And BTW, I hate the BCS. You know something is wrong in America when schools like Toledo and Marshall are playing in bowl games.

Orthodox said...

If we're talking on timescales that long: global cooling. That plus energy demand from rising India and China. Winters may become mighty long and expensive in the Northeast and Upper Midwest.

The Red Sox will hope they never make it to the post season if we get another little ice age.

Anonymous said...

Maybe Notre Dame expects to be the literal East Coast after sea level rises wipe out the I-95 corridor over the next century.

Anonymous said...

Notre Dame is a shockingly beautiful university in a shockingly ugly city. While the campus is stunning, the university would be wise to invest in some major redevelopment projects in South Bend.

The town/gown contrast is unlike anything I have seen anywhere else.

Anonymous said...

With regard to the future of the Midwest, it's not depopulation that concerns me. It's re-population.

Proximity to the Canadian border is not protecting rural Minnesota from a steady influx of Mexican immigrants. What happened to agriculture in California decades ago is happening here now. The massive meat and poultry processing industries are the main attractions.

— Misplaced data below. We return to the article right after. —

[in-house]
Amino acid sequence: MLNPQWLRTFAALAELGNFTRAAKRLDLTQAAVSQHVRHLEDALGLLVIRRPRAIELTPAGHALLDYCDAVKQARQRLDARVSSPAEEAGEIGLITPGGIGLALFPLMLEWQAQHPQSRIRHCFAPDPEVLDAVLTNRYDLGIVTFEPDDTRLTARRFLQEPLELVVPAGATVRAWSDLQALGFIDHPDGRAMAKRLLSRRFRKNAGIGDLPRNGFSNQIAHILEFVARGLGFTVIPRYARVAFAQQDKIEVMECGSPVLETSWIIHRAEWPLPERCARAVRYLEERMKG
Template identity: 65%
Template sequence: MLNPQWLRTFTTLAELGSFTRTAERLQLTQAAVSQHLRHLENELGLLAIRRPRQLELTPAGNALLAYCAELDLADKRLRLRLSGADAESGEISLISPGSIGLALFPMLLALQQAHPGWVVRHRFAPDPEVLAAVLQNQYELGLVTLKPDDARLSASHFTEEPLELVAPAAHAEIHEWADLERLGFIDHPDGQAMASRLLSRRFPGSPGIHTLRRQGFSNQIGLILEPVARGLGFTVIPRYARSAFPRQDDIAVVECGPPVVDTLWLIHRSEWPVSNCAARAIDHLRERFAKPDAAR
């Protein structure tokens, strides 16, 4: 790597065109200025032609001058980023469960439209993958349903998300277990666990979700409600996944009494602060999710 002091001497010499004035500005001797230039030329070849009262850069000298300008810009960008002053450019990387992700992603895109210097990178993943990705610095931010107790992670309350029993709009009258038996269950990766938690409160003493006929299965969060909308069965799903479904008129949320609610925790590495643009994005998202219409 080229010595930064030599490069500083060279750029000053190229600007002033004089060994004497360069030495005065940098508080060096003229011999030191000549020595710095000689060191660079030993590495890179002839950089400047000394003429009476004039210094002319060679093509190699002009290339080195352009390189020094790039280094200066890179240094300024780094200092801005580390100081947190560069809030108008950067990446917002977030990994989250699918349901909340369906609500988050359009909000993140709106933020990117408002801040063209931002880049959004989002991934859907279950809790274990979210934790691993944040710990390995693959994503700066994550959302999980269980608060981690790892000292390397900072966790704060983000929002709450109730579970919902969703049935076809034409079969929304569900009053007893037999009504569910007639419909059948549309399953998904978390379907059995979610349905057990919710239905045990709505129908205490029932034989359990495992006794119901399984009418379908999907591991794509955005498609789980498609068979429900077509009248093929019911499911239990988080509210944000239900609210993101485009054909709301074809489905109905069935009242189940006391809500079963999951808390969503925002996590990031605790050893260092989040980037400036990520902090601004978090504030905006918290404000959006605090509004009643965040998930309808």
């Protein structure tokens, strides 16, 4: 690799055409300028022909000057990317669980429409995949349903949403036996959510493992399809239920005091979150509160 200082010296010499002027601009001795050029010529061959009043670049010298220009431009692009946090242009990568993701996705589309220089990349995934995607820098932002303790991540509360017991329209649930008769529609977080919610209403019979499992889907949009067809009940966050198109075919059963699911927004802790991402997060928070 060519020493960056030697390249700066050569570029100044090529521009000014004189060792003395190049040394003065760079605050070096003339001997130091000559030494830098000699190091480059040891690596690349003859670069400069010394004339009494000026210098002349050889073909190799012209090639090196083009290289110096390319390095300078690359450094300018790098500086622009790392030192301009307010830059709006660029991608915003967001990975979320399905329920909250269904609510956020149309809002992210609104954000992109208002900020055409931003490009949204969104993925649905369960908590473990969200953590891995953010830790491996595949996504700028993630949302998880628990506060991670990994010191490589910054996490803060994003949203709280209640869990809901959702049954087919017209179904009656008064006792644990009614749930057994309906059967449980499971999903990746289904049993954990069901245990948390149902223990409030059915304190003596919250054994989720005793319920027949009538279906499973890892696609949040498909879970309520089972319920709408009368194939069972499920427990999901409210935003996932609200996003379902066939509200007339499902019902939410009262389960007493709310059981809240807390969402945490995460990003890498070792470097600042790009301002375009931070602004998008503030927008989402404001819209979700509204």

For the time being, nice parts of the Midwest are affordable places to live. However, those are exactly the kinds of places to which immigrants are naturally drawn. They don't stay nice for long.

The Midwest (like Texas) is extremely vulnerable to the devastating effects of large-scale immigration because of its affordability.

Of course, the Inner Party at Notre Dame probably have that figured out.

dearieme said...

Thanks for the Reagan clip - now, at last, I know how to pronounce Gipper.

guest007 said...

Look for the simpler answer: Notre Dame only wants to be party of a super conference as long as it can keep its special status. The ACC has enough school who do not have a large fan base who are willing to give Notre Dame whatever it wants. the Big 10 is smart enough to know to not pander to Notre Dame and give them special treatment.

Notre Dame would really like to be in the Big Ten but cannot get the Big 10 to give it preferential treatment.

guest007 said...

Anyone who talks about other schools leaving the ACC needs to remember that all of the schools (except Notre Dame) has given up their media rights to the conference. http://espn.go.com/college-football/story/_/id/9200081/acc-media-rights-deal-lock-schools-okd-presidents

There is no way any school other than Notre Dame can afford to leave the ACC in the near future.

irishman said...

I don't understand why serious universities like Yale and Notre Dame are located in small towns rather than big cities. This seems like a bizarre American thing not replicated elsewhere in the world. What's going on? Most of the places were built in the days before good schools and diversity so I assume it's not that.

John Mansfield said...